Today in LGBT History – July 9

I was discussing the issue of family with someone recently. Families may be of origin or of choice, and may be a safe haven or a place of insanity. My friend Warren Blumenfeld wrote that “human diversity is a true gift as evidenced by the fact that that families come in a great variety of packages, with differing shapes and sizes, colors, and wrappings.” From all of my 12-step work, I have heard both love and horror stories about family. Whatever our definition of family, singers/songwriters, Ron Romanovsky and Paul Phillips, got it right when they said, “The definition’s plain for anyone to see. Love is all it takes to make a family.”


Today in LGBT History – July 9

1550, Italy – Jacopo Bonfadio  (c. 1508 – July 1550) is tried and beheaded for sodomy, most likely because he published gossipy accounts of wealthy Genoese families. was an Italian humanist and historian. Several humanists were tried for sodomy during this time, but Bonfadio is one of few to be executed. It appears that he was once accused of sleeping with a male student. His enemies used this incident against him later.

1775, London – Matthew Gregory Lewis (July 9, 1775 – May 16, 1818) is born. He was an English novelist and dramatist, often referred to as “Monk” Lewis because of the success of his 1796 Gothic novel, “Ambrosio, The Monk.” Lewis was the reigning monarch of the Gothic novel. Silly, stilted, and great fun to read, the genre was the high camp of its day. Like most Gothic novels, Ambrosio, The Monk takes place in a Latin country, in this case in a monastery where Ambrosio, the head of the order, meets Matilda. She sneaks into his bed disguised as a man and quickly reveals she is a woman. After humping him into a frenzy he turns into a satyr and can’t get enough. In real life, Lewis was in love with a 14 year old boy who brought him nothing but misery. 

1893 – Dorothy Thompson (July 9, 1893 – January 30, 1961) is born in Lancaster, New York. Thompson, a newspaper writer and radio commentator, was expelled from Germany by Hitler because of her critical reports on Nazism. Thompson fell in love with Baroness Hatvany, better known as Christa Winsloe, the author of “Madchen in Uniform” about girls in love in a boarding school. Another lover was Gertrude Franchot Tone, the feminist politician and mother of actor Franchot Tone. In 1939 she was recognized by Time magazine as the second most influential woman in America next to Eleanor Roosevelt, and was featured on its cover. She was married three times, most famously to second husband and Nobel Prize in literature winner Sinclair Lewis.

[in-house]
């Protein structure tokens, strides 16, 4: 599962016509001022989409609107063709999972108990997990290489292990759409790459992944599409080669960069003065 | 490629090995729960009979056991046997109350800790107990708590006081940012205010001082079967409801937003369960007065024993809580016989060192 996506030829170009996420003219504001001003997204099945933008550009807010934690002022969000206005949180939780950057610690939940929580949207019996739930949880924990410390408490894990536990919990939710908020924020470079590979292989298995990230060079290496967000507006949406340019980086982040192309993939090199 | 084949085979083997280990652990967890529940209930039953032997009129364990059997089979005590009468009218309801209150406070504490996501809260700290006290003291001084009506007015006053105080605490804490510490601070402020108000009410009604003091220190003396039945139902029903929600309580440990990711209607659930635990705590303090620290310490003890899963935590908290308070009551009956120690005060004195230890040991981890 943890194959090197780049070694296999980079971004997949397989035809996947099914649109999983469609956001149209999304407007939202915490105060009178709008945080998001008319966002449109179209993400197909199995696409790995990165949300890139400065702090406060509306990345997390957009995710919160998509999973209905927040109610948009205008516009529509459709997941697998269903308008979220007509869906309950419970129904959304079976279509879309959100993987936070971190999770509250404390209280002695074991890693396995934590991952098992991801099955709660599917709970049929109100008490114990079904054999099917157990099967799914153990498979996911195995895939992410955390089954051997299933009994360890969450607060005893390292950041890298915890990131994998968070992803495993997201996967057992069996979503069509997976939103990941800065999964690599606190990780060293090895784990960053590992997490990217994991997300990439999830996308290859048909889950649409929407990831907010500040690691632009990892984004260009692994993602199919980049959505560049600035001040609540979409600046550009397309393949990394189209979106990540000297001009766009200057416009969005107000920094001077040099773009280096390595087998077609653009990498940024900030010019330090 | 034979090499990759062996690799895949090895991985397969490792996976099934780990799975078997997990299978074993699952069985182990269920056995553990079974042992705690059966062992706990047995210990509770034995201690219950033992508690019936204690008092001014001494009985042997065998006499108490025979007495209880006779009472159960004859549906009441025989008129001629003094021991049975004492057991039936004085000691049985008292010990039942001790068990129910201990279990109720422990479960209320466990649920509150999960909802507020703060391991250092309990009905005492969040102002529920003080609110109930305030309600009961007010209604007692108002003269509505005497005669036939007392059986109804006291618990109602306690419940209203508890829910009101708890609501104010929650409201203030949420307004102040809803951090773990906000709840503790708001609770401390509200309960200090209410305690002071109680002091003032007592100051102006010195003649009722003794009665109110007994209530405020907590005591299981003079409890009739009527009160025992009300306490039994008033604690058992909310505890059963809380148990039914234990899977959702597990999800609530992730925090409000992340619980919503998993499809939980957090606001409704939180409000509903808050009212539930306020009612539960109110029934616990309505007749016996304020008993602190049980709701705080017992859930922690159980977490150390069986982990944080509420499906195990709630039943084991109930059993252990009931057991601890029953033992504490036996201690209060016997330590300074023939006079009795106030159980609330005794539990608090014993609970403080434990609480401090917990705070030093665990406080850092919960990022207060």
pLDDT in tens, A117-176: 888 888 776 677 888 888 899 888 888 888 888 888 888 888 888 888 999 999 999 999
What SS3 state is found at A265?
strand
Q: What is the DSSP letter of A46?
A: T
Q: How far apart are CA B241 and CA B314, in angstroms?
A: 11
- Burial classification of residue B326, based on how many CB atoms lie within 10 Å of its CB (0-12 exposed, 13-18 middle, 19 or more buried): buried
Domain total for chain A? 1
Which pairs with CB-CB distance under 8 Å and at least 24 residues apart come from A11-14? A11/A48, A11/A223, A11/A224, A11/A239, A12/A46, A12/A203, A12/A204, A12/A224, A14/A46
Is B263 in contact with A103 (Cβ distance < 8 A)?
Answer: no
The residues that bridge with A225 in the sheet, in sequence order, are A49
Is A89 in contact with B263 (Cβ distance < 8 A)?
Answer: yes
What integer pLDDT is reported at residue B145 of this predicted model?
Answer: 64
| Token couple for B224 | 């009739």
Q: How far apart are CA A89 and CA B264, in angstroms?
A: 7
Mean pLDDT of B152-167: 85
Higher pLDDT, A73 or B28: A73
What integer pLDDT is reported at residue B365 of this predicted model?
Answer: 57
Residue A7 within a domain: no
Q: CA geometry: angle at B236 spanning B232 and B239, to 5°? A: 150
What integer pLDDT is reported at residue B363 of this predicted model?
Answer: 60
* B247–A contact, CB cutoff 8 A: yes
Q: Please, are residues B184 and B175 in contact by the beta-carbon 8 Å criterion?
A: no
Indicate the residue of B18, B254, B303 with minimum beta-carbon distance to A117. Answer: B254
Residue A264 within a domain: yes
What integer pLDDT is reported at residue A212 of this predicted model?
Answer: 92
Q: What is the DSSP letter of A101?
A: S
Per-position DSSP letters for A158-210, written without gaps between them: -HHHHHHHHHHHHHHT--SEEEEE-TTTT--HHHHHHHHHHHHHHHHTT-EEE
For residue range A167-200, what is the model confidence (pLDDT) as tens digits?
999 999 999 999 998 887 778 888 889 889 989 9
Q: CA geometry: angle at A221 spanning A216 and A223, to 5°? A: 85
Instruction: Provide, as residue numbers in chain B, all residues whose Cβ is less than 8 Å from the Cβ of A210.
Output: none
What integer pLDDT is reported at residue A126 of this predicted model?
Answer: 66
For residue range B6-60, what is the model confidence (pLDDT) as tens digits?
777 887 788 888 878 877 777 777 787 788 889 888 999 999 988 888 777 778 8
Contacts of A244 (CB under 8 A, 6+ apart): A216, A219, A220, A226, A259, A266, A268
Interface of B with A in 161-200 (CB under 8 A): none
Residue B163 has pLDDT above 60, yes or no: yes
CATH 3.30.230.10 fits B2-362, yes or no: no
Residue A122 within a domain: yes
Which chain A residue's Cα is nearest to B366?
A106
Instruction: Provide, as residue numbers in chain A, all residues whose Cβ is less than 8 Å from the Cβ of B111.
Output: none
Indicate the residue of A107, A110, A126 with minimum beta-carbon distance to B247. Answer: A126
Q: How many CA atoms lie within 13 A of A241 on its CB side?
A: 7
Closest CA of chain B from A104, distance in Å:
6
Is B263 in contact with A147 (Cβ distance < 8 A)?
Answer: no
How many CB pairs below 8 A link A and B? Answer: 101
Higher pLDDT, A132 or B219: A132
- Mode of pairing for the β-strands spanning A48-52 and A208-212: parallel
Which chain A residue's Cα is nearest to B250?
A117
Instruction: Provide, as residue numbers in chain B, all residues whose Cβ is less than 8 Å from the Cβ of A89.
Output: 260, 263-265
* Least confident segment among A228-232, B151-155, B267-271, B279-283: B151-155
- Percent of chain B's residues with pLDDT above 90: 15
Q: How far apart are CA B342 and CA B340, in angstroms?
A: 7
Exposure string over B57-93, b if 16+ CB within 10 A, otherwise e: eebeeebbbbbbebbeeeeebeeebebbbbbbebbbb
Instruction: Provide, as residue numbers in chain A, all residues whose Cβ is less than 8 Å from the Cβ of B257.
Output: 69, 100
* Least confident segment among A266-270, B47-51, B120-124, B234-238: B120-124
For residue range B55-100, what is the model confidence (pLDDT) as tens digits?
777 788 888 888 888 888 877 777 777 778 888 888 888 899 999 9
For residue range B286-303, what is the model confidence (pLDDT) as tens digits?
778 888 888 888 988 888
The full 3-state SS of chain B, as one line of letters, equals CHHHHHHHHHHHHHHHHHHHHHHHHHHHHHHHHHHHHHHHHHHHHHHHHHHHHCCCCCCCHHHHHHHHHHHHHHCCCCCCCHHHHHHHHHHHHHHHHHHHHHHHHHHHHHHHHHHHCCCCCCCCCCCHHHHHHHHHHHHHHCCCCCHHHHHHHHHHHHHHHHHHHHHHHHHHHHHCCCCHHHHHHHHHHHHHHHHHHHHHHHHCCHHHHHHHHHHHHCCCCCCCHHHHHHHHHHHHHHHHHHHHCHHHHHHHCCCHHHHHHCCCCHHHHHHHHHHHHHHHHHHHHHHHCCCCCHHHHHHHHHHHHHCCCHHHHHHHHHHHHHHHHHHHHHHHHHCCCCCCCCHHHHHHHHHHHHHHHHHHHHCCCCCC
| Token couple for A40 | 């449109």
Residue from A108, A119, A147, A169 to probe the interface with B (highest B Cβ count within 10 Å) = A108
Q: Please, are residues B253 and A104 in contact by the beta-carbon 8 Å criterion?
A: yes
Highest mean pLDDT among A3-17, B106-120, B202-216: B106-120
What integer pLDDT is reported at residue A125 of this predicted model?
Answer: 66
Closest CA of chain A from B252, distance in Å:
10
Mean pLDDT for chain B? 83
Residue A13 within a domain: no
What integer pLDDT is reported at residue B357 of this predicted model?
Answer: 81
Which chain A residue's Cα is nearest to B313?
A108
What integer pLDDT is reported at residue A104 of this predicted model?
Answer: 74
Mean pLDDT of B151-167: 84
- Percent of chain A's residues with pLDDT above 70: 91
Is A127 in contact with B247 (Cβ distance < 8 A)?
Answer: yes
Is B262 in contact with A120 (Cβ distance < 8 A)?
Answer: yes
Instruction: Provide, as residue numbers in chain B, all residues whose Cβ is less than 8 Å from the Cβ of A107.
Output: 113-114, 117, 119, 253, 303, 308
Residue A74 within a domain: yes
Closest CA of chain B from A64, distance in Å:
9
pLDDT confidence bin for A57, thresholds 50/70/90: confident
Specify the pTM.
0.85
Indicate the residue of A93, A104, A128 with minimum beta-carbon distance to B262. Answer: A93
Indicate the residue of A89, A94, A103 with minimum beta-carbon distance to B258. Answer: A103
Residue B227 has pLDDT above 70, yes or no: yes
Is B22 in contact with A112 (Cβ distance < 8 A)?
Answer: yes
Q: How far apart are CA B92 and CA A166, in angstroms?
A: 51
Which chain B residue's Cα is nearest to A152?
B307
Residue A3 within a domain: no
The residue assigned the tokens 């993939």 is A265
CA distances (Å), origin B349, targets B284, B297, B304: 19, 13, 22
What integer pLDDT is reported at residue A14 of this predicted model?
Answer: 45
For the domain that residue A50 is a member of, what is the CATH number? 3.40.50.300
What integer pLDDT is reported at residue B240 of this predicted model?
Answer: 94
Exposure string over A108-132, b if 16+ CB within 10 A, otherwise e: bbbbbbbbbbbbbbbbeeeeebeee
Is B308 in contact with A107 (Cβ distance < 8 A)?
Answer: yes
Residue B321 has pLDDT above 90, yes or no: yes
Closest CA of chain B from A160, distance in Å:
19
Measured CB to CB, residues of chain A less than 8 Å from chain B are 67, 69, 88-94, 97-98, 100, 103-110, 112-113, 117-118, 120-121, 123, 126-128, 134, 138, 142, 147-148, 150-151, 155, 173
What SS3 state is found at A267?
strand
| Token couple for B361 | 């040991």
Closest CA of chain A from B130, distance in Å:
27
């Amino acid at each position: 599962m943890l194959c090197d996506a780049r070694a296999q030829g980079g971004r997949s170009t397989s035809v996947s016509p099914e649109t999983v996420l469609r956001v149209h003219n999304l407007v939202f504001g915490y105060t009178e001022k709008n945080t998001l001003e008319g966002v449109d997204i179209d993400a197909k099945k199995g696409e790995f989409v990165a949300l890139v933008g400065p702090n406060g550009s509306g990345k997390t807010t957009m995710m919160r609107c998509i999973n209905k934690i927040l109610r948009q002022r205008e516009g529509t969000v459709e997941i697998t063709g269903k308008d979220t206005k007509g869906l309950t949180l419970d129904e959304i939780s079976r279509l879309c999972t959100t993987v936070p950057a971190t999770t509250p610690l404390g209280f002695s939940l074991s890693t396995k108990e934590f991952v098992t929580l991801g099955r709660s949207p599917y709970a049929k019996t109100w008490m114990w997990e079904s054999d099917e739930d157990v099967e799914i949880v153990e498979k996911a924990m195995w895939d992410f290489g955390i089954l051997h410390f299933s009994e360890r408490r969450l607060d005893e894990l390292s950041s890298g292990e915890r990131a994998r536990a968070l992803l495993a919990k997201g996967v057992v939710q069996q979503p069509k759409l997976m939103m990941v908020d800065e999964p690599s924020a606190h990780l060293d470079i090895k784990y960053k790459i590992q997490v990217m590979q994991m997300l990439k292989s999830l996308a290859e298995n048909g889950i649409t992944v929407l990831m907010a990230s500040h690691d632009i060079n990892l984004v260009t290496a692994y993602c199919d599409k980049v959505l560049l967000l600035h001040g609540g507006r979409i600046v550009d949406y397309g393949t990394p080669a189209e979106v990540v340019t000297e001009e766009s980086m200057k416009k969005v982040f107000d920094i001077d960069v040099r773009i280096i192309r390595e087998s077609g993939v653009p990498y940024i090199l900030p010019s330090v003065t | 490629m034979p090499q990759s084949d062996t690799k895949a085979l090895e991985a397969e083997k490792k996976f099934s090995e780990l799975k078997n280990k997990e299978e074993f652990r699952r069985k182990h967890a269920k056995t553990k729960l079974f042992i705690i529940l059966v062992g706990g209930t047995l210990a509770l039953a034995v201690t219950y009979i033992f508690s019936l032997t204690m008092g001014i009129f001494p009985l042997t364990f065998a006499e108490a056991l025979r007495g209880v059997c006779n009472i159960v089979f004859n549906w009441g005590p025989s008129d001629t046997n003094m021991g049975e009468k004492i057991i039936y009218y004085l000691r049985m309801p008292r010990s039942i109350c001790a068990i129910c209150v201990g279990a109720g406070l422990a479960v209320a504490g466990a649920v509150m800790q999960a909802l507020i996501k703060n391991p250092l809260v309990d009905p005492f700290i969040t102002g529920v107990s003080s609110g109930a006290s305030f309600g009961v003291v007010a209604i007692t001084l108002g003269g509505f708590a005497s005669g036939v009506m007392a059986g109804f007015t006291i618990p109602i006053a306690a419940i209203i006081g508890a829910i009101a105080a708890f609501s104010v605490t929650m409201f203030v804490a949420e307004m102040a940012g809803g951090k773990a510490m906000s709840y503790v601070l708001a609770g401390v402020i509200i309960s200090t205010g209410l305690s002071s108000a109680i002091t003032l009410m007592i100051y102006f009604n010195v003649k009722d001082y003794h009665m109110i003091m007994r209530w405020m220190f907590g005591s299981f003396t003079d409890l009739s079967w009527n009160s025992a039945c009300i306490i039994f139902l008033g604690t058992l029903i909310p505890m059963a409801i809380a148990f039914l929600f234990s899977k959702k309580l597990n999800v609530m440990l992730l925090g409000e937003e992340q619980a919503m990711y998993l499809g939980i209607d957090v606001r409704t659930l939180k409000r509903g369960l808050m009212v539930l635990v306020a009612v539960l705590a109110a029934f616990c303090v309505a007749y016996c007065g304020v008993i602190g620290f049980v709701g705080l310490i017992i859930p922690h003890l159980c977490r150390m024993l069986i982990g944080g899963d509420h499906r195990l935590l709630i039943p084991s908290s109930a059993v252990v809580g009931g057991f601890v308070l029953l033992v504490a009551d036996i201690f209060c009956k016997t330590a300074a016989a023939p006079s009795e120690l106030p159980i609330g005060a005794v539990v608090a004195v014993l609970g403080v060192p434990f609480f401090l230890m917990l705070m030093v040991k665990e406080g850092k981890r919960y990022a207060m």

1965 – Courtney Love (born Courtney Michelle Harrison; July 9, 1964) is born. She’s an American singer, actress, writer, and visual artist. Prolific in the punk and grunge scenes of the 1990s, Love has enjoyed a career that spans four decades. Love has drawn public attention for her uninhibited live performances and confrontational lyrics, as well as her highly publicized personal life following her marriage to Kurt Cobain. Love has consistently advocated for LGBT rights, and identifies as a feminist. She has been noted as a gay icon since the mid-1990s, and has jokingly referred to her fan base as consisting of “females, gay guys, and a few advanced, evolved heterosexual men.”

1969 – The Mattachine Society of New York brings activists together in Greenwich Village for the first “gay power” meeting. Called the “Homosexual Liberation Meeting,” it was held at the Freedom House in Midtown Manhattan with over 100 attendees.

1986, New Zealand – The Parliament passes the Homosexual Law Reform Act, decriminalizing sex between men and establishing the same legal provisions for all sexual relations.

2008, Croatia –  The Croatian parliament approves new law prohibiting discrimination based on sexual orientation and gender identity and expression in all areas.

LGBT Fact: The first “notorious” gay bar in San Francisco was The Dash, which opened in 1908 at 547 Pacific. San Francisco may have had gay bars before The Dash but none were as notorious. The bar featured cross-dressing waiters who would perform sex acts in nearby booths for a $1, a huge sum back in those days. It was shut down by the vice squad almost as soon as it opened after a high-profile judge was linked to bar, leading to a reform movement that helped shut down the infamously sexually liberal Barbary Coast district.


Let your voice speak out and change the world! 

 Warmly,

Ronni

 

(Historical information obtained from a variety of sources including QUIST at facebook.com/quistapp, Back2Stonewall.com, Lavender Effect, DataLounge.com, Arron’s Gay Info, All Things Queer, RS Levinson, Amara Das Wilhelm, Safe Schools Coalition, and/or Wikipedia. If you wish to edit an item or add an item, please send an email to me at ronnisanlo@gmail.com. Thanks!)

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